Internal Ribosome Entry Site (IRES) advances and applications

Welwyn Garden City, Hertfordshire
Tuesday, 23 October 2007

Internal Ribosome Entry Site (IRES) advances and applications

Internal Ribosome Entry Site (IRES) advances and applications
Tuesday, 23 October 2007 09:00 - 17:00

BioPark Hertfordshire
Broadwater Road
Welwyn Garden City
United Kingdom

Map and Directions

Protein synthesis can be considered as a three-stage process, consisting of initiation, elongation and termination. It is the final stage in the process of gene expression and involves numerous cellular proteins and RNAs. The initiation step is the primary focus for regulation. Translation initiation on the majority of cellular mRNAs is mediated by a mechanism involving recognition of the 5’ terminal cap-structure (m7GpppN..). However, a different mechanism, termed internal initiation, was first shown to occur on certain uncapped viral mRNAs (e.g. from picornaviruses). An internal ribosome entry site (IRES) element present within the 5’ untranslated region (UTR) of the viral RNA directs initiation of protein synthesis at an internal position hundreds of nucleotides downstream from the 5’ terminus. These IRES elements are highly structured and position the ribosome at, or just upstream of, the initiation codon. IRES elements have now also been found in certain cellular mRNAs; these generally encode proteins involved in apoptosis, cell cycle regulation or stress responses. In the past few years much has been discovered about how these IRES elements function-including their structures, RNA-RNA interactions and the involvement of cellular proteins in their action. This meeting will bring together experts studying the mechanism of action of IRES elements and their role in translational control of viral and cellular protein synthesis, to review the latest research in this area. In addition, there will also be a focus on the biotechnological exploitation of these elements, for example in gene therapy and protein expression vectors.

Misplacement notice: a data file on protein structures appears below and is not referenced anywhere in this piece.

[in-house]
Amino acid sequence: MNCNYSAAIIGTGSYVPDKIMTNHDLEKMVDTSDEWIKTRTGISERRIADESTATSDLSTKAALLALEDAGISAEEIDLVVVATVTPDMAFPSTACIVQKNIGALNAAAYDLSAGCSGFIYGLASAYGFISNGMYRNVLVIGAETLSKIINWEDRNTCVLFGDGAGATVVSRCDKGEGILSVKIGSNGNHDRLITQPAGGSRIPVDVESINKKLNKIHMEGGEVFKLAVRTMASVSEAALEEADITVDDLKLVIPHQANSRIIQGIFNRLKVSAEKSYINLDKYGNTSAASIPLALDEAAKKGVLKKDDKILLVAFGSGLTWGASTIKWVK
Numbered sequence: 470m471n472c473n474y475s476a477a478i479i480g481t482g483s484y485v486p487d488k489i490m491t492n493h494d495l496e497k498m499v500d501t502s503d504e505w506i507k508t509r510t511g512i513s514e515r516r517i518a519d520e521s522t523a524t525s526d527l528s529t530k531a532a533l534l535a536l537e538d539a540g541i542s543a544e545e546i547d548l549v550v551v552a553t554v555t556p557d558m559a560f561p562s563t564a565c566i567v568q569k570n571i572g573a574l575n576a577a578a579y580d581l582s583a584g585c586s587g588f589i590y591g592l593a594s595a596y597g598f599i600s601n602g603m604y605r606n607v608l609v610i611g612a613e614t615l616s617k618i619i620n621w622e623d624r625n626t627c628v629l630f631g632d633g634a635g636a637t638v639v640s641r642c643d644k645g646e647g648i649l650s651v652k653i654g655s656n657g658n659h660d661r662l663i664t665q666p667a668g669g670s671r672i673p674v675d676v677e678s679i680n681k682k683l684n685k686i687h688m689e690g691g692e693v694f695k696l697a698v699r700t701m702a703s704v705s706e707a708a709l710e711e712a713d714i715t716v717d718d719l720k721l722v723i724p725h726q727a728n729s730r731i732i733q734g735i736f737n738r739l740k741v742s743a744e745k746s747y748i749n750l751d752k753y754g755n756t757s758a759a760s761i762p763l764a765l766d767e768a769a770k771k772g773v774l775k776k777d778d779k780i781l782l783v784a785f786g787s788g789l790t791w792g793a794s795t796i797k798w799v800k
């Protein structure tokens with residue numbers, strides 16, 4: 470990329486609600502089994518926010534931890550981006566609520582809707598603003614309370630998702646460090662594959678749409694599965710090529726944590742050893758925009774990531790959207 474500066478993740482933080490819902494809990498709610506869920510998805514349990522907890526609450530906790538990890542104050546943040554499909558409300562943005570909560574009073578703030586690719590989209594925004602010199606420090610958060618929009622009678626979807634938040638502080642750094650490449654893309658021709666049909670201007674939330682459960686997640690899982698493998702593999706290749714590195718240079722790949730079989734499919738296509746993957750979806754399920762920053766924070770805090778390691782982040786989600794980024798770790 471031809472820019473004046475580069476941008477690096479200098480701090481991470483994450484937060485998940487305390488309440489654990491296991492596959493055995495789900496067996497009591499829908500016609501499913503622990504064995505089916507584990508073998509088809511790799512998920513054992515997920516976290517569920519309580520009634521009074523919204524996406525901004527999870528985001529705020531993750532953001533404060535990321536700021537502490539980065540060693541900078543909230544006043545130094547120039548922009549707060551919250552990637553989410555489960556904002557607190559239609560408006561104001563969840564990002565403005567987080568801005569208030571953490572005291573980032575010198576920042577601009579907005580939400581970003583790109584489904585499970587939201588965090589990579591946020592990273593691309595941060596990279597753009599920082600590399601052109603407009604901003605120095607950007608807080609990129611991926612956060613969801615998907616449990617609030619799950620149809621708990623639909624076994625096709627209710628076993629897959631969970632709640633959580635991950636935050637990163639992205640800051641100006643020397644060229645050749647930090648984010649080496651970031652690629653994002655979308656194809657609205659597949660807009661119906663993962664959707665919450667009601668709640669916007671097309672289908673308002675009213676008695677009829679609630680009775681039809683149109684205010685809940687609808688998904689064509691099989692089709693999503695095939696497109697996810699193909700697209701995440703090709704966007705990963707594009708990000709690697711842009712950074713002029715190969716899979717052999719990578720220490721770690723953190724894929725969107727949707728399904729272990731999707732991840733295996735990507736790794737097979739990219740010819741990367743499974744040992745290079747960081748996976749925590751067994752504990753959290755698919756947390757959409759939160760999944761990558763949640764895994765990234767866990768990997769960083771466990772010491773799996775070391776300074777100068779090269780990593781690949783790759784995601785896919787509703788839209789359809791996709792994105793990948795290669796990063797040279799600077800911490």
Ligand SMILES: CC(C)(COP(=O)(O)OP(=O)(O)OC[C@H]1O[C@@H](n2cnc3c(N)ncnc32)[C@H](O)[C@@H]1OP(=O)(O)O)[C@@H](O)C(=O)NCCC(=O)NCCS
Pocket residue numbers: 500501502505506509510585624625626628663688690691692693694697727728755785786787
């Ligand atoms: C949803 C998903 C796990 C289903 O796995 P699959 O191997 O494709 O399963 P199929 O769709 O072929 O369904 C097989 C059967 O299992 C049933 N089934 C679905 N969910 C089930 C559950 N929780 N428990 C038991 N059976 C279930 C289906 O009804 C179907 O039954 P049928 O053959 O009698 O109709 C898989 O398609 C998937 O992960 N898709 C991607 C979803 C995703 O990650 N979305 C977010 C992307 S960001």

Chair: Dr Lisa Roberts , Senior Lecturer in Virology
School of Biomedical and Molecular Sciences
University of Surrey

9:00 – 9:45 Registration